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Posts Tagged ‘Edward R. Murrow’

CBS, CNN, ABC and NBC Among 2013 Murrow Award Winners

With three awards each, CBS News and CNN led the way in the RTDNA’s 2013 Edward R. Murrow Awards.

The Overall Excellence award, which NBC News has won for the past four years, went to Global News of Vancouver, BC.

CBS News won the Investigative Reporting Award for a “60 Minutes” report on Stuxnet, a computer virus that damaged nuclear facilities in Iran. The network was also won the Writing Award for “CBS Evening News” and the award for Best Website. All three of CNN’s awards, in the Continuing Coverage, News Series, and Reporting: Hard News categories, were for the network’s reporting on Syria.

ABC News won two awards, in Best Newscast and Breaking News, for coverage of the shooting at Sandy Hook Elementary School in Newtown, Conn. NBC News won won in the Best Sound and Video category for an “NBC Nightly News” weekend story.

CBS Radio, ABC Radio and CNN Radio also each won three awards. See a full list of the winners here.

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‘This Weapon of Television Could be Useful’

54 years ago today, CBS newsman Edward R. Murrow gave a now-infamous speech at the Ratio and television News Directors Association. The LA TimesJoe Flint looks back on that speech, and laments how so little has changed since Murrow pleaded with the networks to take advantage of the medium of television and use it as a force for good.

Unfortunately for Murrow, when it comes to broadcast TV, little has changed since those remarks were delivered. While the evening news format still exists, coverage of the world has diminished. If a story cannot be summed up in a minute or two, odds are it won’t make the news. The more complex the issue, the less likely it will be explored.

The morning shows are, for the most part, about gossip, celebrities and cooking. Take a look at some old clips of a network morning show from even as recently as the 1980s and compare it to what is on today. The old shows look like serious news programs while the current versions are a notch or two above “Entertainment Tonight.”

The speech in question, while dated, still resonates today:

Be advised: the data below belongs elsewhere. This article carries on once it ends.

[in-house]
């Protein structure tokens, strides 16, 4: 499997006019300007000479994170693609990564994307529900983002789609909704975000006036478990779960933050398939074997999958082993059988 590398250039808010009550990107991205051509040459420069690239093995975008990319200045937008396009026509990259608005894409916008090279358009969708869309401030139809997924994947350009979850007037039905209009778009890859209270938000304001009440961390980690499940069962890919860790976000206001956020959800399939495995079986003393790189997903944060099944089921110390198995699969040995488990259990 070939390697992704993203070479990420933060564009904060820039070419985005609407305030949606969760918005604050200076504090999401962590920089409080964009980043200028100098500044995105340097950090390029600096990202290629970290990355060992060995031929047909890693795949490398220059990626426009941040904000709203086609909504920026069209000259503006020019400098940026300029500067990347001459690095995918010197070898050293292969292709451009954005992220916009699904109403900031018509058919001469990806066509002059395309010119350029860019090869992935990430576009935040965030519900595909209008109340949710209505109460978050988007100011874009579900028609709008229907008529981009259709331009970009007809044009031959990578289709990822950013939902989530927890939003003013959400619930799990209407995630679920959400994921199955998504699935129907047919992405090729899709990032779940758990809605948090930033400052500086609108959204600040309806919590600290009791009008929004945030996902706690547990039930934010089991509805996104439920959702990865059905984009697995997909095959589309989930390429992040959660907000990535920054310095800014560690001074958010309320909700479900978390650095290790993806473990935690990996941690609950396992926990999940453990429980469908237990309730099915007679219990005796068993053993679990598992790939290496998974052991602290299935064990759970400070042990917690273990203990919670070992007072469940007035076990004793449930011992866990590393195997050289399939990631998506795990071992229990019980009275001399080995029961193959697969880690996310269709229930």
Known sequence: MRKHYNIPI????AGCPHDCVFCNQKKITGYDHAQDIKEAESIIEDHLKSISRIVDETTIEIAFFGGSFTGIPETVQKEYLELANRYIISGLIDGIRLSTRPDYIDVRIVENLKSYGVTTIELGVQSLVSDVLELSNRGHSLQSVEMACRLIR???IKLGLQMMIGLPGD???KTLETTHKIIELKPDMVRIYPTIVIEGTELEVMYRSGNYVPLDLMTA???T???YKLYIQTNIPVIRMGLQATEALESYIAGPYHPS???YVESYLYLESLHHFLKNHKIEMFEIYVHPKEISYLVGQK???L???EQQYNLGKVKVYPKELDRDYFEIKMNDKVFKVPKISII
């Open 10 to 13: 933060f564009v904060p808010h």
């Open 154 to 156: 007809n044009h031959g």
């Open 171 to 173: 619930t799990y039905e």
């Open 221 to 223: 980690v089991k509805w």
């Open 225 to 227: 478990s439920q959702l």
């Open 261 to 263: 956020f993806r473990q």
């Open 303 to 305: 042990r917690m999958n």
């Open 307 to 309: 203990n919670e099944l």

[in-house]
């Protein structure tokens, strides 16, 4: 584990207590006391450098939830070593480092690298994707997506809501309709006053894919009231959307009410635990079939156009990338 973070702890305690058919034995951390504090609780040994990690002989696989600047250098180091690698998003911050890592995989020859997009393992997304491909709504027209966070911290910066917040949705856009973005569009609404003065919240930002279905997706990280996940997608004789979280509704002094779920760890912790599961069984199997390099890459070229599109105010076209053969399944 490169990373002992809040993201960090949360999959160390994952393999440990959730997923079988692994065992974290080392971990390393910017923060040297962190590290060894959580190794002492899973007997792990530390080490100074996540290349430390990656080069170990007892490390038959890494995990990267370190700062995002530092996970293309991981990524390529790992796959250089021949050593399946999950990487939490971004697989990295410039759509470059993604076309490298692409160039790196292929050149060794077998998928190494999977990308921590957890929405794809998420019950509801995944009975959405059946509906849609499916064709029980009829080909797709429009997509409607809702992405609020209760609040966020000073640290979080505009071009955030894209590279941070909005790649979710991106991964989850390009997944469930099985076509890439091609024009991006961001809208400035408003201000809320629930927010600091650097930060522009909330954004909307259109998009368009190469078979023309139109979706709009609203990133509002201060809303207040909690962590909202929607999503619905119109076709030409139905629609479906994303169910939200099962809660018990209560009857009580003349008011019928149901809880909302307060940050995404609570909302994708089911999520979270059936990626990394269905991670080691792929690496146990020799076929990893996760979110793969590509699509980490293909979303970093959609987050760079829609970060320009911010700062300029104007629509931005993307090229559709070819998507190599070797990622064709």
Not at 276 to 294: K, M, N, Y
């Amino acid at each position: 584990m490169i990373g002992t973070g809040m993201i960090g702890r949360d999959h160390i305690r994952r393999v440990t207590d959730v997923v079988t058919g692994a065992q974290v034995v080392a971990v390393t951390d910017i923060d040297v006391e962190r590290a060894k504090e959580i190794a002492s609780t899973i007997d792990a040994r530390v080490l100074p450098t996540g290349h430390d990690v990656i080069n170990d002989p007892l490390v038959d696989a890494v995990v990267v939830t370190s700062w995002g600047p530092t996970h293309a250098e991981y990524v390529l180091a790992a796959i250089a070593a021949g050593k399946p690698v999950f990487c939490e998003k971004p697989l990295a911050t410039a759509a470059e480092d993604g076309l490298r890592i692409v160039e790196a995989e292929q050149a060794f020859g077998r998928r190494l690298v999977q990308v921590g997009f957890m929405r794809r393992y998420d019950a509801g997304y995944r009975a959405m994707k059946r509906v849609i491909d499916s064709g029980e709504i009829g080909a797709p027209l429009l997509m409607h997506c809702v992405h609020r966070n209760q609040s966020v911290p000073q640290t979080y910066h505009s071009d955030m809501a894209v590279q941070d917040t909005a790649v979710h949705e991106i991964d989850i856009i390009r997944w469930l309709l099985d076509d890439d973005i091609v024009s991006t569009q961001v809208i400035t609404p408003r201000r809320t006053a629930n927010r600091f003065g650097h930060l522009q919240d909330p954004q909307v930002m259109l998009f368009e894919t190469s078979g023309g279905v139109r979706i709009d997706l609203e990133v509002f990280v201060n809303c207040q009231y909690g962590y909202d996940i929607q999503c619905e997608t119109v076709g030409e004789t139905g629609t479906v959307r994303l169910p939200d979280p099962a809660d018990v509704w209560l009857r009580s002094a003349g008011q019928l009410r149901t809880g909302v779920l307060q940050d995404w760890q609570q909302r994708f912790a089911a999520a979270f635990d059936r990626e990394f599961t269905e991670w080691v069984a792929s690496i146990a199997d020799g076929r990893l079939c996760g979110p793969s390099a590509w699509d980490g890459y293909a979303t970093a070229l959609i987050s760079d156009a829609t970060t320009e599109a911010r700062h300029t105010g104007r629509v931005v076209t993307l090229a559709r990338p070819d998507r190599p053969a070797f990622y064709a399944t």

I refuse to believe that the presidents and chairmen of the boards of these big corporations want their corporate image to consist exclusively of a solemn voice in an echo chamber, or a pretty girl opening the door of a refrigerator, or a horse that talks. They want something better, and on occasion some of them have demonstrated it. But most of the men whose legal and moral responsibility it is to spend the stockholders’ money for advertising are removed from the realities of the mass media by five, six, or a dozen contraceptive layers of vice-presidents, public relations counsel and advertising agencies. Their business is to sell goods, and the competition is pretty tough…

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Keith Olbermann: ‘Great to be here, as always … and also the simultaneous meeting of all my former employers.’

NBC News has been awarded the Edward R. Murrow Award for Overall Excellence for a television network. If that sounds familiar, it’s because this is the third year in a row NBC News has been presented the honor.

In accepting the award — one of four for NBC — at last night’s RTDNA Murrow Awards dinner, NBC News President Steve Capus (pictured) praised his staffers, “from journalists you know, to producers you don’t know, desk editors, researchers, contributors, photojournalists, technicians and crews all around the world.”

“This award is for them,” Capus told a packed crowd at the Grand Hyatt ballroom in New York City attended by TVNewser. “But I would also say, it is for all of you, and everyone who has dedicated themselves to this incredibly important craft and this profession: news.”

CBS News won three awards, for Video Feature Reporting, Video Reporting: Hard News, and Video News Series. ABC News won one award, for Continuing News Coverage.

There were also lighthearted moments: after one of the evening’s presenters failed to materialize from the crowd after he was introduced, RTDNA chairman Kevin Benz — left on stage with no

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Former CBSer named news director of Murrow Public Media

Former CBS News London Bureau Chief John Paxson has been tapped as news director for Murrow Public Media which includes Northwest Public Radio and Northwest Public Television.

“As CBS London bureau chief and vice president for Europe, John, quite literally, held Edward R. Murrow’s old job,” said Lawrence Pintak, dean of The Edward R. Murrow College of Communication at Washington State, which operates the network.

In his role as news director, Paxson will increase the amount of regional news coverage on the 15 NPR-affiliated radio stations and two PBS TV stations, as well as generate new locally-produced programs, all while integrating Murrow students into the operations.

“Local news is the bedrock of broadcasting. At a time when industry cutbacks are affecting the quality and quantity of news available at the local level, I relish the chance to help Murrow build a news operation that serves the people of this state and prepares students to hit the ground running,” Paxson said.

Paxson was CBS’s London bureau chief from 1997-2006. He is married to former ABC News correspondent Lucrezia Cuen.

Jon Stewart Joining 9/11 Memorial Foundation Board

Comedian and host of “The Daily Show” Jon Stewart is set to join the foundation building the Sept. 11 memorial in New York City.

Stewart will be appointed to the National Sept. 11 Memorial & Museum board at their Thursday afternoon meeting.

The comedian — who The New York Times likened to Edward R. Murrow – used his show to support a federal bill that provides aid to 9/11 first responders.